Ceglia v. Zuckerberg et al

Filing 106

MEMORANDUM in Opposition re 95 Cross MOTION to Compel, 91 MOTION to Compel Defendant Zuckerberg's Compliance with the Court's Order of July 1, 2011 filed by Paul D. Ceglia. (Attachments: # 1 Affidavit, # 2 Exhibit A, # 3 Exhibit B, # 4 Exhibit C, # 5 Affidavit, # 6 Exhibit A, # 7 Exhibit B, # 8 Exhibit C, # 9 Exhibit D, # 10 Exhibit E, # 11 Exhibit F, # 12 Exhibit G, # 13 Exhibit H, # 14 Affidavit, # 15 Exhibit A, # 16 Exhibit B, # 17 Exhibit C, # 18 Certificate of Service)(Lake, Jeffrey)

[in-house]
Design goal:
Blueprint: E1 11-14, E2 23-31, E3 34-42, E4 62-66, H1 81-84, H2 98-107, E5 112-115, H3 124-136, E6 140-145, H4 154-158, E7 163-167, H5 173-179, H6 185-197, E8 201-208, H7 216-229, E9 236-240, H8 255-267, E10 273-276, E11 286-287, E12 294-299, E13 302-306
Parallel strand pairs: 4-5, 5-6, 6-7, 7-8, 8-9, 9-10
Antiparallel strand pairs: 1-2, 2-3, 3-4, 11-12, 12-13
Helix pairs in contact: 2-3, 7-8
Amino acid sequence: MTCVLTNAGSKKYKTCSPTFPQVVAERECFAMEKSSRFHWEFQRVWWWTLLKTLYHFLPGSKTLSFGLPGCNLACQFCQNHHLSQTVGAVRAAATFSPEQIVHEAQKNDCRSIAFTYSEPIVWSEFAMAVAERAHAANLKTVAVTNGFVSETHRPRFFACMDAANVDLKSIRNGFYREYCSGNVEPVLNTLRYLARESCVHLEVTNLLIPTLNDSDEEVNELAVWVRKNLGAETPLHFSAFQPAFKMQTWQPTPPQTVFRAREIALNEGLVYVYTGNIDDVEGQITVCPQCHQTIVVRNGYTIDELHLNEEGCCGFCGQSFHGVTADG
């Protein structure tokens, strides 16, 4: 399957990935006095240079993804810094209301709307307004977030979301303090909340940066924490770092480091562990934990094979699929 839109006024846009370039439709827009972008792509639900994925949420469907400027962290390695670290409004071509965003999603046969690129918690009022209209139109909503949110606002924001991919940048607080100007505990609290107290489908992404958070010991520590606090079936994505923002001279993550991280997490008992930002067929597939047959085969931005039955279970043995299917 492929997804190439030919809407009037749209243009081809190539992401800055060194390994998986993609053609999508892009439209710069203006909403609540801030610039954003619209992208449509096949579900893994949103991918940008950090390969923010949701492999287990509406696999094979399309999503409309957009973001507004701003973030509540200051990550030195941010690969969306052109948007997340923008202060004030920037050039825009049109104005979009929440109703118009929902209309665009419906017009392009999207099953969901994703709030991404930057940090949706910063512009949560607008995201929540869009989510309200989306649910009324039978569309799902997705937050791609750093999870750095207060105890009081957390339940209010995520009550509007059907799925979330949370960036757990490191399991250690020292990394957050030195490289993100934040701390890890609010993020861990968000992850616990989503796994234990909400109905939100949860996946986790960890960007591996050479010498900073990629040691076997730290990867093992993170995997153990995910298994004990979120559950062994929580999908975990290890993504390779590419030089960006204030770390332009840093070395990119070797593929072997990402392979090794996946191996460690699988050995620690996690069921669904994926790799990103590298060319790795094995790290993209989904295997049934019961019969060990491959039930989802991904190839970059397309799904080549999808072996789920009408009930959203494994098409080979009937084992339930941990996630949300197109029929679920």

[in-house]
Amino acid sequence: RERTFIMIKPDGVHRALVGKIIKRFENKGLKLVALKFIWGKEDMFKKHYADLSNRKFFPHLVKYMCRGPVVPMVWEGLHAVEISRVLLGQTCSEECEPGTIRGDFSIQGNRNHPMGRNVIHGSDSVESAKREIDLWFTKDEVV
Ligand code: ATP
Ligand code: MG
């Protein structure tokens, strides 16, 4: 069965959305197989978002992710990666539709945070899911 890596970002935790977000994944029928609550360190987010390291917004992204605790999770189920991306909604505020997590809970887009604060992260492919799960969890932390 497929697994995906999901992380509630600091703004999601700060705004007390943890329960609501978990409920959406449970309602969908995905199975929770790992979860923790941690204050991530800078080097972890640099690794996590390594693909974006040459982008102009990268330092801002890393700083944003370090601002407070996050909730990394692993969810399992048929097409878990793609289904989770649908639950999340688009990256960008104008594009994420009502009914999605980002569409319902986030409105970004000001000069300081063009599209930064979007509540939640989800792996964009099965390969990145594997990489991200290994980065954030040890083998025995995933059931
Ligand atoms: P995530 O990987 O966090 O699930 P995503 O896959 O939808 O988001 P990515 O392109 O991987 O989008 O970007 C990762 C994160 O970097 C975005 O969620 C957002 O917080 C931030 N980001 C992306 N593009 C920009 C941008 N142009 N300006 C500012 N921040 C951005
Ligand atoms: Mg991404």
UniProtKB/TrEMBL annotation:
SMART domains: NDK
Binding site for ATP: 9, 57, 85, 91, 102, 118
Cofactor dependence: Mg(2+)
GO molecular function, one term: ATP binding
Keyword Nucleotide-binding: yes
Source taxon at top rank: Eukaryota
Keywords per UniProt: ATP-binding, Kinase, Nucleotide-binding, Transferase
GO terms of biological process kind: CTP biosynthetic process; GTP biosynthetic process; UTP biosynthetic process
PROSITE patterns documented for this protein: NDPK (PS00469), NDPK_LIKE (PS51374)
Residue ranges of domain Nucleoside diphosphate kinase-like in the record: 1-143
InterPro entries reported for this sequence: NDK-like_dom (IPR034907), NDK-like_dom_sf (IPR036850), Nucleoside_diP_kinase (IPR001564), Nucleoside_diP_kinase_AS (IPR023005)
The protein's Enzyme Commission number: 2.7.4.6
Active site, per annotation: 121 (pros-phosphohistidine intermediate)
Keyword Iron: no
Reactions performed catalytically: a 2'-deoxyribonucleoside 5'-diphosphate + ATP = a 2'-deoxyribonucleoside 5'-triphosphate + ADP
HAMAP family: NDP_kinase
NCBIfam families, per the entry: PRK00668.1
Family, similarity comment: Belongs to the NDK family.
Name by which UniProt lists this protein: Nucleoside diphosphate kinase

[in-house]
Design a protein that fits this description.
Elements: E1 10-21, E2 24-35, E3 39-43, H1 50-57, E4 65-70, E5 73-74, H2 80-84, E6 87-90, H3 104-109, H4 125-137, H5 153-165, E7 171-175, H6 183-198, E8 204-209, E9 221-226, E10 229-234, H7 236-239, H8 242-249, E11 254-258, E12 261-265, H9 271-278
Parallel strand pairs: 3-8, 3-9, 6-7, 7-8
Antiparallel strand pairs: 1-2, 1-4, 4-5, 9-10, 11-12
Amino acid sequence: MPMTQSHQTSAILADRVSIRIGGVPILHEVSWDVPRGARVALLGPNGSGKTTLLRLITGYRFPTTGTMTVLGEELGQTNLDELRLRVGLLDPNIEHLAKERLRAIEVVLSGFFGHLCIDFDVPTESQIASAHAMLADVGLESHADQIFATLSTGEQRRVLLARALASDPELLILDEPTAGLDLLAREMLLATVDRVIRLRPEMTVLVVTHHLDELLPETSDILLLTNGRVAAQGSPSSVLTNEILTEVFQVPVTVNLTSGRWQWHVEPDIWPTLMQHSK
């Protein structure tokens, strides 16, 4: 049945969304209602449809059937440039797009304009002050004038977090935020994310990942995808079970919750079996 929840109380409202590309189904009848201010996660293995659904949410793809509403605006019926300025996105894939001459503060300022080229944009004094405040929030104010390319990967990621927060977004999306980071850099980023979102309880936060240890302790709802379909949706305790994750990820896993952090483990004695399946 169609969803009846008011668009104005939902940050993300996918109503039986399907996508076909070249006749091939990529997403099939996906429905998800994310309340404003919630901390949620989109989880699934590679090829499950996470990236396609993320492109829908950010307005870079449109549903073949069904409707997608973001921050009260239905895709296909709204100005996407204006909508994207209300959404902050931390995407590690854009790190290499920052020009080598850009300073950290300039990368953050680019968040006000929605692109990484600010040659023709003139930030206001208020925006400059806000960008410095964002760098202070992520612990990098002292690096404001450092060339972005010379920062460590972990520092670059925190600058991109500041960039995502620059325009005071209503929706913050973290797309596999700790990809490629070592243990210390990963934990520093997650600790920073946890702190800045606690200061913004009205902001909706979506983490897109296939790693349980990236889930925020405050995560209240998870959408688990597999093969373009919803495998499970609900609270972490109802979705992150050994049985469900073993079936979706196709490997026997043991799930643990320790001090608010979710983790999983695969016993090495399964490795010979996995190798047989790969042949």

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UNITED STATES DISTRICT COURT WESTERN DISTRICT OF NEW YORK ------------------------------------ x : PAUL D. CEGLIA, : : Plaintiff, : : v. : : MARK ELLIOT ZUCKERBERG and : FACEBOOK, INC., : : Defendants. ------------------------------------ x Civil Action No. 1:10-cv-00569RJA REDACTED MEMORANDUM OF LAW IN REPLY TO DEFENDANTS’ OPPOSITION TO PLAINTIFF’S MOTION TO COMPEL AND IN OPPOSITION TO DEFENDANTS’ CROSS-MOTION TO COMPEL Plaintiff Paul D. Ceglia respectfully submits this Memorandum of Law in Reply to Defendants‘ Opposition to Plaintiff‘s Motion to Compel and in Opposition to Defendants‘ Crossmotion to Compel. I. INTRODUCTION1 Throughout their Cross-motion to Compel, Defendants repeatedly make serious and misplaced accusations concerning Ceglia‘s conduct and that of his attorneys, impugning their integrity and professionalism without any basis in fact. Furthermore, at a minimum Defendants have misinterpreted the Court‘s July 1, 2011 Order and more likely, Defendants have shown a complete disregard for this Court and its Orders. This is exacerbated by Defendants disregard throughout their Opposition of the axiomatic rule that argument must be supported by citation to 1 Ceglia concedes that Defendant Zuckerberg timely provided a sworn declaration concerning the handwriting samples and hereby withdraws that portion of his Motion to Compel. (See Declaration of Jeffrey A. Lake, dated August 10, 2011, at ¶¶ 2-5.) legal authority. As is discussed in detail below, Defendants violated the Joint Stipulated Protective Order, violated the July 1, 2011 Order and should be held accountable for their conduct. II. DEFENDANTS VIOLATED THE PROTECTIVE ORDER A. Facts The Joint Stipulated Protective Order (Doc. No. 86) (Protective Order) states, ―[T]he following Protective Order is necessary to protect the documents and information which may be produced and disclosed pursuant to the Court‘s Order concerning Expedited Discovery in the above-captioned action.‖ (Protective Order at 1.) To further that purpose, the Protective Order provides, ―All documents, materials, and information designated as Confidential Information shall be treated as such pursuant to the terms of this Order until further order of the Court.‖ (Protective Order at 2, ¶ 5 (emphasis added).) ―Any documents, materials, or information designated as ―CONFIDENTIAL – SUBJECT TO PROTECTIVE ORDER‖ may only be used to prosecute or defend this action and shall not be disclosed (or the content discussed with) anyone other than the [] authorized persons, except as provided by this Order or as authorized by further Order of this Court.‖ (Protective Order at 2, ¶ 6.) [REDACTED] Furthermore, despite their attempts to obfuscate their improper conduct through clever semantics, it is clear that Defendants repeatedly violated the Protective Order in their Redacted Memorandum of Law in Support of Their Cross-motion to Compel (Doc No. 99) (Opposition). Defendants referred to certain confidential information as [REDACTED.] Defendants then stated, [REDACTED.] Finally, they state, [REDACTED.] These references [REDACTED.] 2 The above-quoted language [REDACTED.] For instance, [REDACTED.] This clearly demonstrates that Defendants [REDACTED.] Defendants go on to say, [REDACTED.]2 Most egregiously, Defendants go on to describe [REDACTED.] The next line states, [REDACTED.] Thus, Defendants have made [REDACTED.] This was in direct violation of the Protective Order‘s command, ―Any documents, materials, or information designated as [confidential] . . . shall not be disclosed . . . .‖ (Order at 2.) B. Law ―[A]ttorneys‘ fees may be awarded to a successful party when his opponent has acted in bad faith, vexatiously, wantonly, or for oppressive reasons.‖ F.D. Rich Co., Inc. v. U.S. for the Use of Indus. Lumber Co., Inc., 417 U.S. 116, 129 (1974) (footnote omitted). Additionally, L.R. Civ. P. 11(b) provides, ―[A] Judge may, in accordance with 28 U.S.C. § 1927, assess reasonable costs directly against counsel whose action has obstructed the effective administration of the Court‘s business.‖ Normally, ―[t]o impose sanctions under either authority, a court must find clear evidence that (1) the offending party's claims were entirely without color, and (2) the claims were brought in bad faith.‖ Eisemann v. Greene, 204 F.3d 393, 396 (2d Cir. 2000) (citing Schlaifer Nance & Co. v. Estate of Warhol, 194 F.3d 323, 336 (2d Cir. 1999); Agee v. Paramount Commc’ns, Inc., 114 F.3d 395, 398 (2d Cir. 1997)). However, no such findings are necessary when counsel violates a court order. See United States v. Seltzer, 227 F.3d 36, 41 (2d Cir. 2000). 2 [REDACTED.] 3 Here, [REDACTED.] Such disclosure clearly goes to the exact nature of the documents in question and constitutes deliberate, intentional disclosure of the content of confidential documents to unauthorized persons, also in violation of the Protective Order. Based on the foregoing, Defendants clearly violated the Protective Order. Therefore, the Court should exercise its inherent power to issue appropriate sanctions against Defendants and their counsel, including an award of attorneys‘ fees and costs. III. THE COURT SHOULD PROHIBIT DEFENDANTS FROM DISCUSSING OR DISCLOSING THE NATURE, CONTENTS, OR EXISTENCE OF THE DOCUMENTS CEGLIA PRODUCED ―Liberal discovery is provided for the sole purpose of assisting in the preparation and trial, or the settlement, of litigated disputes.‖ Seattle Times Co. v. Rhinehart, 467 U.S. 20, 34 (1984). Thus, a protective order serves to prevent a party from conducting discovery ―for purposes unrelated to the lawsuit at hand.‖ Jennings v. Peters, 162 F.R.D. 120, 122 (N.D. Ill. 1995). To this end, a protective order may be issued ―to protect a party or person from annoyance, embarrassment, oppression, or undue burden or expense.‖ F.R.C.P. 26(c). The Protective Order states, ―The designating party may designate documents, materials, or information as ‗CONFIDENTIAL – SUBJECT TO PROTECTIVE ORDER‘ if the party believes in good faith that the documents, materials, or information contain confidential information that is not publicly available (such as proprietary or confidential business, technical, sales, marketing, financial, commercial, private, or sensitive information, or information that is otherwise reasonably designable as confidential).‖ (Protective Order at 2, ¶ 3.) 4 The Court provided a very broad definition of ―confidential,‖ including a catch-all provision that allows a party to designate information ―that is otherwise reasonably designable as confidential.‖ (Id.) In light of the purposes of Rule 26(c) and supporting case law, the term ―confidential‖ should be construed to apply to any document that might be used to embarrass or harm a person by revealing private information concerning that person‘s professional dealings. See Jennings, 162 F.R.D. at 122-23. Additionally, it would be clearly improper and highly prejudicial to Ceglia to use the discovery process to taint or prejudice the jury pool—to try the case in the court of public opinion. [REDACTED] Given the considerations stated above, the Court should order the Defendants to refrain from discussing or disclosing the nature or existence of any of the documents Ceglia has produced pursuant to the Order. III. THE COURT SHOULD ORDER DEFENDANTS TO TURN OVER THE ZUCKERBERG EMAILS IMMEDIATELY A. The Meet and Confer Process Contrary to Defendants‘ assertions in their Opposition, Ceglia attached meet-andconfer affidavits to his Motion to Compel as required by L.R. Civ. P. 7(d)(1) and F.R.C.P. 37(a). (See Declaration of Jeffrey A. Lake Pursuant to Local Rule 7(d)(4), dated July 25, 2011 (Doc. No. 91-5); Declaration of Nathan Shaman Pursuant to Local Rule 7(d)(4), dated July 25, 2011 (Doc. No. 91-6).) Furthermore, since the time Ceglia filed his Motion to Compel, his counsel has engaged in additional correspondence in an attempt to resolve this dispute. (See Shaman Decl. at ¶¶ 2-7.) 5 B. Defendants’ Misinterpretation of the Order The Order states, ―Plaintiff shall produce on or before July 15, 2011, the following electronic assets . . . .‖ (Order at 2.) The Electronic Asset Inspection Protocol states, ―Plaintiff shall identify and provide to Stroz Friedberg access to the original electronic assets on or before July 15, 2011.‖ (Electronic Asset Inspection Protocol (Doc. No. 85) at 1, ¶ 1 (emphasis added).) Finally, the Order states, ―[F]ive (5) days subsequent to Plaintiff‘s production of the Electronic Assets and his sworn declaration, Defendant shall produce all emails in their original, native and hard-copy form between Defendant Zuckerberg and Plaintiff and/or other persons associated with StreetFax that were captured from Zuckerberg‘s Harvard email account.‖ (Order at 3.) Given the above language, it is clear that the only precondition to Defendants‘ production of the Zuckerberg emails was that Ceglia would provide his sworn declaration to Defendants and produce the electronic assets to Stroz Friedberg. It is untenable to argue, as Defendants have, that the Order required Ceglia to produce, through Stroz Friedberg, the Presumed Relevant Materials and privilege log, and in a form Defendants consider suitable, before Defendants must produce the Zuckerberg emails to Ceglia. Such an interpretation simply does not comport with a plain reading of the Order and the Electronic Asset Inspection Protocol. C. Attorneys’ Fees ―[T]he court must order the disobedient party, the attorney advising that party, or both to pay the reasonable expenses, including attorney's fees, caused by the failure [to comply with a court order], unless the failure was substantially justified or other circumstances make an award of expenses unjust.‖ F.R.C.P. 37(b)(2)(C). 6 Ceglia would not have needed to bring this Motion to Compel, and even would have withdrawn it (see Exhibit C to Shaman Decl.) if Defendants had simply complied with the Order and produced the Zuckerberg emails. There can be no justification for Defendants‘ willful violation. Therefore, Ceglia respectfully requests that the Court award him reasonable attorneys‘ fees and expenses. V. THE COURT SHOULD RULE THAT CEGLIA HAS COMPLIED FULLY WITH THE COURT’S JULY 1, 2011 ORDER A. Ceglia’s Certification The Order provides, ―[O]n or before July 15, 2011, in a sworn declaration Plaintiff shall identify all computers and electronic media in his possession, custody, or control, including without limitation the electronic assets listed in paragraph 6 of the Declaration of John H. Evans, dated June 17, 2011, and certify that all such computers and electronic media are being produced for inspection to Defendants and that such computers and electronic media contain all communications Plaintiff claims to have had with Defendants.‖ (Order at 2 (emphasis added).) L.R. Civ. P. 26(d)(3)(D) states, ―When referring to documents, ‗to identify‘ means to give, to the extent known, the (i) type of document; (ii) general subject matter; (iii) date of the document; and (iv) author(s), addressee(s), and recipients(s).‖ In their Opposition, Defendants seem to be complaining Ceglia should have made this kind of identification on July 15, 2011. However, in the Order the term ―identify‖ refers to ―all computers and electronic media,‖ not to individual documents. Thus, properly understood, the Order required Ceglia to identify the assets themselves, not each individual file on those assets. Furthermore, Ceglia has identified 7 everything that was produced via a detailed privilege log provided to Defendants. (See Shaman Decl. at 2, ¶ 8.) Nonetheless, Defendants continue to refuse to produce to Ceglia the Zuckerberg emails as required by the Court. Defendants‘ interpretation is belied by the fact that the Court could have stated such a requirement, but did not; furthermore, this interpretation is not reasonable because it would have required Ceglia to identify the Presumed Relevant Materials before providing them to Stroz Friedberg. Although Ceglia repeatedly offered to do this work, Defendants objected and as such, the Court ordered Stroz Friedberg to identify the Presumed Relevant Materials after they took forensic images of all of the electronic assets Ceglia provided to them. (See Electronic Asset Inspection Protocol at 2-3, ¶¶ 2-3.) B. Production of the Electronic Assets Given a proper understanding of the Order, it is clear that Ceglia fulfilled his obligation to produce the Electronic Assets. Although Defendants complain that ―Ceglia simply turned over to Stroz Friedberg a large collection of computers, CDs and floppy disks containing numerous electronic files (Opposition at 9),‖ this was what the Court contemplated when it issued the Order, which required Ceglia to produce the Electronic Assets to Stroz Friedberg. (Order at 2.) The reality is that Ceglia already has turned over all electronic assets in his possession, custody, or control. (See Declaration of Jeffrey A. Lake, dated August 10, 2011 (Lake Declaration) at 2-4, ¶¶ 6-19.) Admittedly, the image of the Seagate hard drive was not produced until July 18, 2011. However, this was the result of inadvertence, was remedied pursuant to Defendants‘ counsel‘s request, and did not result in prejudice to Defendants. (Id. at 3-4, ¶¶ 9-14.) Additionally, the computer produced to Stroz Friedberg on July 19, 2011 was turned over out of an abundance of 8 caution and as a showing of good faith. (Id. at 3-4, ¶¶ 15-16.) This computer had been in Ceglia‘s parents‘ possession and Ceglia did not believe it contained any relevant data. (Id. at 4, ¶ 16.) [REDACTED.] In their Opposition, Defendants claim that Ceglia and his attorneys concealed certain documents. (See Opposition at 9-10.) However, no good-faith basis has been shown for such an accusation. The Order did not require Ceglia to state specifically which documents or assets he searched for, to state which documents or assets do not exist, or to explain the non-existence of any such documents. VI. THE COURT SHOULD DENY DEFENDANTS’ REQUEST FOR ADDITIONAL TESTING Although the Hard-Copy Document Inspection Protocol (Doc. No. 85) does not specifically restrict Defendants‘ access to samples from the hard-copy documents, the court must limit destructive testing so as not to destroy the evidentiary value of the documents. See Ostrander v. Cone Mills, Inc., 119 F.R.D. 417, 419 (D. Minn. 1988). Limitations are particularly appropriate when the court has already allowed some destructive testing. See Dabney v. Montgomery Ward & Co. Inc., 761 F.2d 494, 498-99 (8th Cir. 1985). As Defendants‘ counsel stated, ―We further agreed . . . that if after both sides took the set number of ink samples there was sufficient additional ink available, we would discuss taking additional samples.‖ (Declaration of Alexander H. Southwell, dated August 4, 2011 (Doc. No. 97) at 10, ¶ 32.) In this case, a crucial piece of evidence is the original, paper version of the Work-for-Hire Contract (WFHC), which has already undergone significant destructive testing. (See Exhibit B to Declaration of Larry F. Stewart, dated August 9, 2011.) Another important 9 piece of evidence is [REDACTED], which has also undergone significant destructive testing. (See Exhibit C to Stewart Decl.) Both pieces of evidence are crucial to Ceglia‘s ability to prove to a jury that the WFHC is the original, authentic contract—to allow the jury to make its own determination based on what it can see. However, additional testing will result in the destruction of the evidentiary value of both documents. (See Stewart Decl. at 1-2, ¶¶ 5, 7.) Thus, Ceglia will face significant difficulty presenting his case to a jury if additional testing is allowed. Finally, although Defendants‘ expert opined that more samples are available (see Declaration of Dr. Albert Lyter III, dated August 4, 2011 (Doc. No. 98)), Defendants have made no showing based on competent evidence as to why the testing their experts already performed is insufficient nor have they made any showing of good cause as to why they need more ink. As such, the Court should deny Defendants‘ request to conduct further sampling. VII. THE COURT SHOULD STAY THIS ACTION UNTIL THE PARTIES HAVE COMPLETED MEDIATION In light of the foregoing, Ceglia respectfully requests that the Court stay this action until the parties submit to mediation as previously ordered. Furthermore, in the event that the Court finds [REDACTED], Ceglia requests that the Court forbid disclosure or discussion of those items until such time as the Court lifts the stay. Such an order is necessary because if the content of those items is made public, the parties undoubtedly will dig in their heels and be forced to litigate this matter to final judgment. As a result, any opportunity for an efficient and equitable resolution of this case will be lost. At this point, Defendants have received the expedited discovery that they requested. Ceglia and his attorneys are serious about resolving this case in order to avoid protracted 10 discovery and pretrial proceedings. As such, Ceglia requests that the Court order mediation immediately and require the parties to begin good-faith settlement negotiations before any further action is taken in this case. VIII. CONCLUSION Based on the foregoing arguments, Plaintiff Paul D. Ceglia respectfully requests that this Court (1) hold Defendants accountable for their numerous violations of the Protective Order; (2) prohibit Defendants from discussing or disclosing the nature, contents, or existence of the documents Ceglia produced; (3) order Defendants to produce the Zuckerberg emails immediately; (4) rule that Ceglia has complied fully with the Court‘s July 1, 2011 Order; (5) deny Defendants‘ request to conduct additional testing; and (6) stay this action and order the parties to participate in mediation immediately. Dated: August 10, 2011 Respectfully submitted, s/ Jeffrey A. Lake Attorney for Plaintiff 835 Fifth Avenue, Suite 200A San Diego, CA 92101 (619) 795-6460 jlake@lakeapc.com s/ Paul Argentieri Attorney for Plaintiff 188 Main Street Hornell, NY 14843 (323) 919-4513 paul.argentieri@gmail.com 11